The Franchising Code of Conduct (Code) provides important protections to franchisees that aim to reduce the perceived inequality of bargaining power and asymmetry of information in franchising agreements. Fundamental to the Code is the definition of franchise agreement. Only agreements falling within this definition are subject to the rigorous disclosure regimes and termination procedures prescribed by the Code.
The recent decision in Workplace Safety Australia v Simple OHS Solutions Pty Ltd NSWCA 84 demonstrates the importance of considering whether or not an agreement is in substance a franchise agreement due to the consequences that can arise if it is and compliance has not occurred.
Workplace Safety Australia (WSA) provided online subscriptions packages designed to assist businesses to meet their obligations under the relevant occupational health and safety legislation. On 19 September 2011, WSA and Simple OHS Solutions Pty Ltd (Simple) entered into an agreement (Distribution Agreement), whereby Simple agreed to act as distributor of WSA’s subscription packages on the terms contained in the Distribution Agreement. Amongst other things, the Distribution Agreement required Simple to:
- Pay WSA a Distributorship Fee and Customer List Fee. Under the Customer List Fee, $150,000 was payable upon completing initial training, with the balance payable in quarterly instalments;
- Subscribe 15 new customers to subscription packages each per month. If this was not met, WSA had the right to immediately terminate the Distribution Agreement; and
- Submit to WSA a detailed business plan setting out it intended to fund and operate its business in the territory.
The Distribution Agreement was unsuccessful and WSA terminated the contract on the grounds that Simple had failed to pay one of the quarterly instalments and had additionally failed to meet the customer subscription requirement of the Distribution Agreement.
WAS THERE A FRANCHISE AGREEMENT?
The main issue was whether the Distribution Agreement amounted to a franchise agreement within the meaning of the Code. The Code at the time defined a franchising agreement as an agreement:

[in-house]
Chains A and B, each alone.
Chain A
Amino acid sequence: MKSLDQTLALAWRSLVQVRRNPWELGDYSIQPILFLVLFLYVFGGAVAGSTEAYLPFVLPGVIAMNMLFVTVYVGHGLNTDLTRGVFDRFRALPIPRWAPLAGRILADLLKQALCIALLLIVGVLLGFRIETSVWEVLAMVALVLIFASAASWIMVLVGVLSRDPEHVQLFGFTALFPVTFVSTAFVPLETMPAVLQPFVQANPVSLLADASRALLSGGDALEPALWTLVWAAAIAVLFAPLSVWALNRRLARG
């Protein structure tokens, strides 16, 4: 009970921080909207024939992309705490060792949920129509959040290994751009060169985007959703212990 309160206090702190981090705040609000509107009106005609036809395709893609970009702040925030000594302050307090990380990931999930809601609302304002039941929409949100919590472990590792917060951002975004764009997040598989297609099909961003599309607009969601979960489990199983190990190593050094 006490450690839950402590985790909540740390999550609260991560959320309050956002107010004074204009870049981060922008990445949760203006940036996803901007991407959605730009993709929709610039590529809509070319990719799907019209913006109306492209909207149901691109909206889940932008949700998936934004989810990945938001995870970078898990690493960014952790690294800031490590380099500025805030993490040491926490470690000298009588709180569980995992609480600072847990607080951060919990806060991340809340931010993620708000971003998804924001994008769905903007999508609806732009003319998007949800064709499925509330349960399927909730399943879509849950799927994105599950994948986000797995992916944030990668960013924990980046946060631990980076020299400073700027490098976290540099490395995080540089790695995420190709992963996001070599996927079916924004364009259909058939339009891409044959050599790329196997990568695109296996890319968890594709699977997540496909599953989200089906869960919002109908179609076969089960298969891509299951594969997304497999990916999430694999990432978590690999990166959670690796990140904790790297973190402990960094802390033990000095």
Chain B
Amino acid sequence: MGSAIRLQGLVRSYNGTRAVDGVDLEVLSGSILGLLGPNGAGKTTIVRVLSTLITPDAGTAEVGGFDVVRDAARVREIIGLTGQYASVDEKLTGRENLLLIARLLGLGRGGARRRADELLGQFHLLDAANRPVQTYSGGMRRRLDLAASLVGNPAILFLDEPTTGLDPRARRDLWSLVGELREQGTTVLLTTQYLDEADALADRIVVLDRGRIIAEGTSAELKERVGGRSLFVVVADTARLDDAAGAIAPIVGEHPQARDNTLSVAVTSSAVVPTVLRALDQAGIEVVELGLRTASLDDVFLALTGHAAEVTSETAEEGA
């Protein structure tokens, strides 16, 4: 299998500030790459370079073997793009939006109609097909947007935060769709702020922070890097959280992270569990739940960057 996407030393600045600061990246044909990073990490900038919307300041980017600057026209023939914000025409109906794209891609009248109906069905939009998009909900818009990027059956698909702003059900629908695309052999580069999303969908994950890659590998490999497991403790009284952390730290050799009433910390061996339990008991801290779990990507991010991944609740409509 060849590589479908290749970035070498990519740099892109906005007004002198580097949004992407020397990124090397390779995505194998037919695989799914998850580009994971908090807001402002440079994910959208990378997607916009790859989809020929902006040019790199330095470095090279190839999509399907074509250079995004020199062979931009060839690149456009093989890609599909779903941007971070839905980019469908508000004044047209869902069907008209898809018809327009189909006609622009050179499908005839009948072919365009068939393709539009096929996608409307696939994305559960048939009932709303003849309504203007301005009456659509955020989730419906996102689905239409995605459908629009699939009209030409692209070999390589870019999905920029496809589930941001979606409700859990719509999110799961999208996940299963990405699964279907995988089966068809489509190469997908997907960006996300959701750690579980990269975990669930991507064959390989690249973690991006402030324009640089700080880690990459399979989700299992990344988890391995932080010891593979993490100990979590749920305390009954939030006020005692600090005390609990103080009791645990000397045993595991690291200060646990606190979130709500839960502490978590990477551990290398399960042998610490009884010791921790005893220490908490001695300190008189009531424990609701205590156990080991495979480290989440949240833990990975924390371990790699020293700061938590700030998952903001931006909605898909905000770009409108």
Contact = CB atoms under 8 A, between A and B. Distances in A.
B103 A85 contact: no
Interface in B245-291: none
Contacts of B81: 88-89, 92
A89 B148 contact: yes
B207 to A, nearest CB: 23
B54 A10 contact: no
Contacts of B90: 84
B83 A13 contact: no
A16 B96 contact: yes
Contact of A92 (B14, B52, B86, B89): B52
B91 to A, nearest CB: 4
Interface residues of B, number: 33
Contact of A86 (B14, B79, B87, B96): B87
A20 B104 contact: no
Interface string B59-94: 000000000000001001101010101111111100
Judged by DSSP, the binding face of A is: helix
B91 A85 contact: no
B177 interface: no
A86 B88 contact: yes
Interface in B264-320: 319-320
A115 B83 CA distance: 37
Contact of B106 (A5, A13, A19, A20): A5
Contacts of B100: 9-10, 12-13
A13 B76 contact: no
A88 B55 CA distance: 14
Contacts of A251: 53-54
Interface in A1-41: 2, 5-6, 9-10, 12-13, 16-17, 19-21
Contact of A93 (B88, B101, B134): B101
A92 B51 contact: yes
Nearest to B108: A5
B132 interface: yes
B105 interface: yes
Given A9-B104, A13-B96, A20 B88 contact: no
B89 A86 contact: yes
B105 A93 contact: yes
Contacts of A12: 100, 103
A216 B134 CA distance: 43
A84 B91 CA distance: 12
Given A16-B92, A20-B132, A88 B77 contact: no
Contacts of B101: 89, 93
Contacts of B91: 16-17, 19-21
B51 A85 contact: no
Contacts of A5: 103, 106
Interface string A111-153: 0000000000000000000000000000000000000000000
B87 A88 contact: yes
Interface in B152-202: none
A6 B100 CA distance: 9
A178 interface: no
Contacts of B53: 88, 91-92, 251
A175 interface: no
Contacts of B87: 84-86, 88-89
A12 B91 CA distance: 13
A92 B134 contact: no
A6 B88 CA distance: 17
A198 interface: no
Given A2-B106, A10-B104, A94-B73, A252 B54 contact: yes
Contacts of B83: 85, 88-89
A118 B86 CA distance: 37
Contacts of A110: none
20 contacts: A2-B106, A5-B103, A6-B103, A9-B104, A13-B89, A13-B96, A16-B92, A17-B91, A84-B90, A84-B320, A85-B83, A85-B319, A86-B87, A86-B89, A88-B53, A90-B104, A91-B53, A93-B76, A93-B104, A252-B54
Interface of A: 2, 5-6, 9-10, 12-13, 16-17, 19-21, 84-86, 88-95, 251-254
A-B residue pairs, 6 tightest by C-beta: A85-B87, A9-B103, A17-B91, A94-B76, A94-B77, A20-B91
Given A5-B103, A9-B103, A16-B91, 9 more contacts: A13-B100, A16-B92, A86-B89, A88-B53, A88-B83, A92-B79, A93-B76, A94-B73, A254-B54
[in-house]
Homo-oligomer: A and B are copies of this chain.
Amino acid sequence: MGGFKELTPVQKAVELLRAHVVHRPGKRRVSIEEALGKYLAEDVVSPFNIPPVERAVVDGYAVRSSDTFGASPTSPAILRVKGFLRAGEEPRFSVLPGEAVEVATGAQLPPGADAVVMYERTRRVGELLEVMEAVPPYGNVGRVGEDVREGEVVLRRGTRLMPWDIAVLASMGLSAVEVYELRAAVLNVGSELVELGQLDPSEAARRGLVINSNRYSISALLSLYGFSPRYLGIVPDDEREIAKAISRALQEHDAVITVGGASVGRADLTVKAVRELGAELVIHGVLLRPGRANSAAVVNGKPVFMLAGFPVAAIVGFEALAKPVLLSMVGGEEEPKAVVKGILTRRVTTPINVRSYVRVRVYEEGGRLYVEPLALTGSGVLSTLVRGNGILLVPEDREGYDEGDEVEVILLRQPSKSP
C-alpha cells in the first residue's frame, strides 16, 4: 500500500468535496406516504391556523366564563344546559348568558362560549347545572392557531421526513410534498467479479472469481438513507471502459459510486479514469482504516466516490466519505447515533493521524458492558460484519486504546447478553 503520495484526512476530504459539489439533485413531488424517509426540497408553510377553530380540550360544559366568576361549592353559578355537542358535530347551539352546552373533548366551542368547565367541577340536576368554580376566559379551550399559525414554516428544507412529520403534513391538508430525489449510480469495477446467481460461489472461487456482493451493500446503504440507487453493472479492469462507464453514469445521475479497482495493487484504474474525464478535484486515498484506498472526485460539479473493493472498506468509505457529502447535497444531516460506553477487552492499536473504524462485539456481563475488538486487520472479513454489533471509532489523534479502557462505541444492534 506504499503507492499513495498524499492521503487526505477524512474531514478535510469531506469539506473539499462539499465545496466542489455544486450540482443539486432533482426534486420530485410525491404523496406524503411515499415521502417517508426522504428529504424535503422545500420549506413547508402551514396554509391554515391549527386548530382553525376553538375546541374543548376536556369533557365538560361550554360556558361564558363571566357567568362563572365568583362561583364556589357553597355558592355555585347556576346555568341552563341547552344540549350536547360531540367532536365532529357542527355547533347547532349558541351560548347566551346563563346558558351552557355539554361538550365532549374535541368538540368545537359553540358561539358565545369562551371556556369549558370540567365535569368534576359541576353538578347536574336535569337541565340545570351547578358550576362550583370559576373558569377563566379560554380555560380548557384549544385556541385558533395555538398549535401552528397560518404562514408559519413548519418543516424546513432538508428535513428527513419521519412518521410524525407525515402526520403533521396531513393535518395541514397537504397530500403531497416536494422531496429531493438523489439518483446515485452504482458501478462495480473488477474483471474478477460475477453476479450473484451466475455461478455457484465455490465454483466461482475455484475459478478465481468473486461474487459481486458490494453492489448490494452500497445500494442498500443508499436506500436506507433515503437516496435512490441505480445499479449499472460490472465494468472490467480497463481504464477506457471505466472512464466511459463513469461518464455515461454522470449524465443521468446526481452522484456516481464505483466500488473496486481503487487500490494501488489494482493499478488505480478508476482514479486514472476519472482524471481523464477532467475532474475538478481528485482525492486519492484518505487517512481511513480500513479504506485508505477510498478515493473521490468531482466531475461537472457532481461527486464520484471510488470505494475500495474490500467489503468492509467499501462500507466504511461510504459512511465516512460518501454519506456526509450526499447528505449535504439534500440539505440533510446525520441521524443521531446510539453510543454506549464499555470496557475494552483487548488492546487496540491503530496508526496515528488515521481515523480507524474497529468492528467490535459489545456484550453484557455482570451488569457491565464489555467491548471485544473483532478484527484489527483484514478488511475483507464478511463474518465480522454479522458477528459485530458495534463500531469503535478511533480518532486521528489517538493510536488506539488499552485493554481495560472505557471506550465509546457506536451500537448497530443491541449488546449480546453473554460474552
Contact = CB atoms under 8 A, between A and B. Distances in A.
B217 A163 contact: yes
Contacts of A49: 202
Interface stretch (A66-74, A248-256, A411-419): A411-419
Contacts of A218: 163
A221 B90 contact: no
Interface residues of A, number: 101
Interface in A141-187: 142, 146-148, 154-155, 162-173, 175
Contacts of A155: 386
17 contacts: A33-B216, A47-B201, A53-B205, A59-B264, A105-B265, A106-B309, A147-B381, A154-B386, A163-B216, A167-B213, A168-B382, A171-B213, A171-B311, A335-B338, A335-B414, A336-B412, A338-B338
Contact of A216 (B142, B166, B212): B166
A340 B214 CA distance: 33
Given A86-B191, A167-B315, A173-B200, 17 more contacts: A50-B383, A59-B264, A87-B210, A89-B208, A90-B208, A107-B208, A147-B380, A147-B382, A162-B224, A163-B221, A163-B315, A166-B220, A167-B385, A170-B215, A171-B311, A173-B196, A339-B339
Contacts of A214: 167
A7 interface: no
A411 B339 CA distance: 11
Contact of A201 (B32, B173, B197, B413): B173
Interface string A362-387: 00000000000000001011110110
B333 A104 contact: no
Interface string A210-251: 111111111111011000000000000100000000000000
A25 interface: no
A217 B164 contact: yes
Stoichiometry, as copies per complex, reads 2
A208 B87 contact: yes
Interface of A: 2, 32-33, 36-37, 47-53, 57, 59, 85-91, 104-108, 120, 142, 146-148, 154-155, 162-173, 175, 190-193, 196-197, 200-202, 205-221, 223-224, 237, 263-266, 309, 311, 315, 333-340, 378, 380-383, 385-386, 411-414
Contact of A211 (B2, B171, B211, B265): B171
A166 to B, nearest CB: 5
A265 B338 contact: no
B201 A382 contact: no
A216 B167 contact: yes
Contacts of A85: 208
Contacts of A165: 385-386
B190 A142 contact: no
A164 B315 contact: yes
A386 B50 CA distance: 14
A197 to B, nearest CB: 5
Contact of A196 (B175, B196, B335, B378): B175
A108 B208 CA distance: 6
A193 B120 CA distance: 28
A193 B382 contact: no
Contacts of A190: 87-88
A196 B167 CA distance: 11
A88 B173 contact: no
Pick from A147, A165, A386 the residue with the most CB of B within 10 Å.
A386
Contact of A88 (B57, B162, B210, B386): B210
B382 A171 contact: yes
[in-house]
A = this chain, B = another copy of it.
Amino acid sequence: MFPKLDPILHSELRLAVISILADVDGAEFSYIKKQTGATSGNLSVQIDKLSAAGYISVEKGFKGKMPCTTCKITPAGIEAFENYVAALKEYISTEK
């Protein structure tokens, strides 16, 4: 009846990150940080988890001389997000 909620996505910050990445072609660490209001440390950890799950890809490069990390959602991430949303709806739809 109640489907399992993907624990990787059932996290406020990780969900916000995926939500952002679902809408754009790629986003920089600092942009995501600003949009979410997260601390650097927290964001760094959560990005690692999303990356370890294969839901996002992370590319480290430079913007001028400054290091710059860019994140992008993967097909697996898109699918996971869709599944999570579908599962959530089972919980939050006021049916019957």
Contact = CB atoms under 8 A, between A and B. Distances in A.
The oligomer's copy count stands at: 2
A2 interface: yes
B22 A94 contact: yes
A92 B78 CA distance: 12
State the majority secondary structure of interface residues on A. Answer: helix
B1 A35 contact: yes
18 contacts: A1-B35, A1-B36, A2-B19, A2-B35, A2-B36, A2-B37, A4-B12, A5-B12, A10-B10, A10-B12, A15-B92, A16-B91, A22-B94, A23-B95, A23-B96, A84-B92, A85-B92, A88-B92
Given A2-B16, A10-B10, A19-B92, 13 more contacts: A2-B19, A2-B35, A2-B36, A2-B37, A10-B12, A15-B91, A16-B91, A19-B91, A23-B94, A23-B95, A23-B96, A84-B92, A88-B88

- Which is a written, oral or implied agreement;
- Where a person (the franchisor) grants to another person (the franchisee) the right to carry on the business of offering, supplying or distributing goods or services in Australia under a system or marketing plan substantially determined, controlled or suggested by the franchisor or an associate of the franchisor;
- Under which the operation of the business will be substantially or materially associated with a trade mark, advertising or commercial symbol owned, used or licenced by the franchisor (or associate of the franchisor); and
- Under which, before starting or continuing the business, the franchisee must pay or agree to pay to the franchisor an amount including, for example, an initial capital investment fee, payment for goods and services, a royalty fee or training fees (clause 4(1)(d)).
The dispute was only concerned with whether the Distribution Agreement satisfied clause 4(1)(b) of the Code.
The first element requires the court to decide was whether WSA had granted Simple the right to carry on the business of offering, supplying or distributing goods or services in Australia. The court highlighted that the Distribution Agreement conferred on Simple the exclusive right to market and sell subscription packages, comprising of educational material and access to WSA’s legal advisors and research department, in the relevant territory. Accordingly, this fell within the definition of services in theCompetition and Consumer Act (the Act) and satisfied the first element.